Being a (former) New Yorker, I was very happy to win a giveaway of this book. The description intrigued me quite a bit, and though I hadn’t read any of the other books in Triss Stein’s “Erica Donato Mysteries,” I plunged right into this one. I’m happy to say it stands well on its own and I didn’t think I missed much by starting the series in the middle.
Erica Donato is a curator and historian at the Brooklyn Art Museum. She begins the search for a missing Walt Whitman plaque and ends up deep in a murder investigation in Brooklyn. While trying t track down what happened to the missing plaque, she meets the legendary Louisa Gibbs. She is a fiery community activist that has fought developers for decades to try to maintain the character of the neighborhood she lives in, Brooklyn Heights. Although getting up there in years, she’s still a fighter although her age is slowing her down a bit.
Louisa has been in a continuous battle with the Watch Tower Society; Jehovah’s Witnesses who own a large building on her block. They are looking to sell the building, and there’s a dispute about the boundary between their properties. The developers who are trying to buy the property, the Prinzigs, seem to want to acquire both properties and won’t let anything get in their way.
Daniel Towns, the leader of the Witnesses in the building, is found murdered in one of the underground tunnels. Louisa Gibbs is the obvious suspect, and Erica immediately feels protective of her. As she tries to help the elderly woman clear her name, she digs up things in the past that many people wish would be left in the past.
Brooklyn Legacies was a great book to read. I don’t know if it’s because I am acquainted with the area that she drew me in, but I found it to be a lot of fun. Erica is not a detective or an officer of the law. She’s simply a historian who knows how to search for history and applies the same work she does in her field to this situation.
I loved the characters that were featured throughout the novel. Many were quirky and fun, and they all had secrets. Triss Stein paced this mystery perfectly. At one point or another, I found myself suspecting just about everybody. Her descriptions of the neighborhood of Brooklyn Heights, both in its history and the current day, were right on point. She had a great way of saying something without saying it directly, such as creating Louisa Gibbs’ background by describing her home and what was found in it. I could see a woman (sort of like Bella Abzug in my mind) who had come up through society, and although she bucked a lot of society’s rules, she was still living in a home that reflected that time.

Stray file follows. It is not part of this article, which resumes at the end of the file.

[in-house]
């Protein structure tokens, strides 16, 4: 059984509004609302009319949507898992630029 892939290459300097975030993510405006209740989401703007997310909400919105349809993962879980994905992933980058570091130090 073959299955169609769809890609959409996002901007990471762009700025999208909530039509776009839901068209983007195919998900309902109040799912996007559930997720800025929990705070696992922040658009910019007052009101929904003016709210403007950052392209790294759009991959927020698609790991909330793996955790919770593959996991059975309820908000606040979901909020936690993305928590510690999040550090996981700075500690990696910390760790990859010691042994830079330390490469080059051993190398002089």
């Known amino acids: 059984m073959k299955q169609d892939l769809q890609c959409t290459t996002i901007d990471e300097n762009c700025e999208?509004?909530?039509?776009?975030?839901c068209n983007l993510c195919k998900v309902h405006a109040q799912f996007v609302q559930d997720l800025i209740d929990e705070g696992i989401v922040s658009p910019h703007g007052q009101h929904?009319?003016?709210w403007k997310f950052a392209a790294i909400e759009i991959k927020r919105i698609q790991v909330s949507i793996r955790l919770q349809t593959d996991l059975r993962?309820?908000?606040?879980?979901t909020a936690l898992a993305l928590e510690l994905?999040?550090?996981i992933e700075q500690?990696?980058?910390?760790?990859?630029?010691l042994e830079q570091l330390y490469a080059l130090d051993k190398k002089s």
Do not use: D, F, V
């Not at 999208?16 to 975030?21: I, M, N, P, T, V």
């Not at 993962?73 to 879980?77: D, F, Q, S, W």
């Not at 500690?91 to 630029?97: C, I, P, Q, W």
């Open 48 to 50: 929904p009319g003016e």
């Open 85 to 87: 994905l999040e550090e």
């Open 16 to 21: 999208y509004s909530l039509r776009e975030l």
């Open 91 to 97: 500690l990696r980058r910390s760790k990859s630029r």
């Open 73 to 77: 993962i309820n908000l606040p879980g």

The character of Erica is interesting. I’ll go back to the beginning now and start reading the other novels. Here it’s presented that her job is giving her some financial security which she hasn’t had. Her daughter is as well-adjusted as any teenager can be, and her steady romantic partner, Joe, seems to be progressing nicely. The only thing that might spell trouble? Those developers I mentioned are people Joe has to work with from time to time.
That doesn’t stop Erica, though. No matter how threatening the Prinzigs seem, Erica needs to find out the truth behind Daniel Towns’ murder. In doing so, she digs up events of the past that have long been forgotten, except by a select few. There are many red herrings throughout the book, but they fit well and don’t seem contrived or forced. I loved the detail in the history of Jehovah’s Witnesses in New York. Even having lived there as long as I did, I didn’t know a lot about them or their holdings. The same is true of a lot of the history presented in Brooklyn Legacies. Triss Stein does clarify in the afterword what is truth and what is fiction in the history she had presented in the book.
I’m happy to have found another series I enjoy. I think New Yorkers, in particular, would enjoy this one. The characters have a human feel to them and don’t feel contrived. The mystery takes many twists and turns until the truth comes out, and I felt like I didn’t want to put it down.
Categories: Book Reviews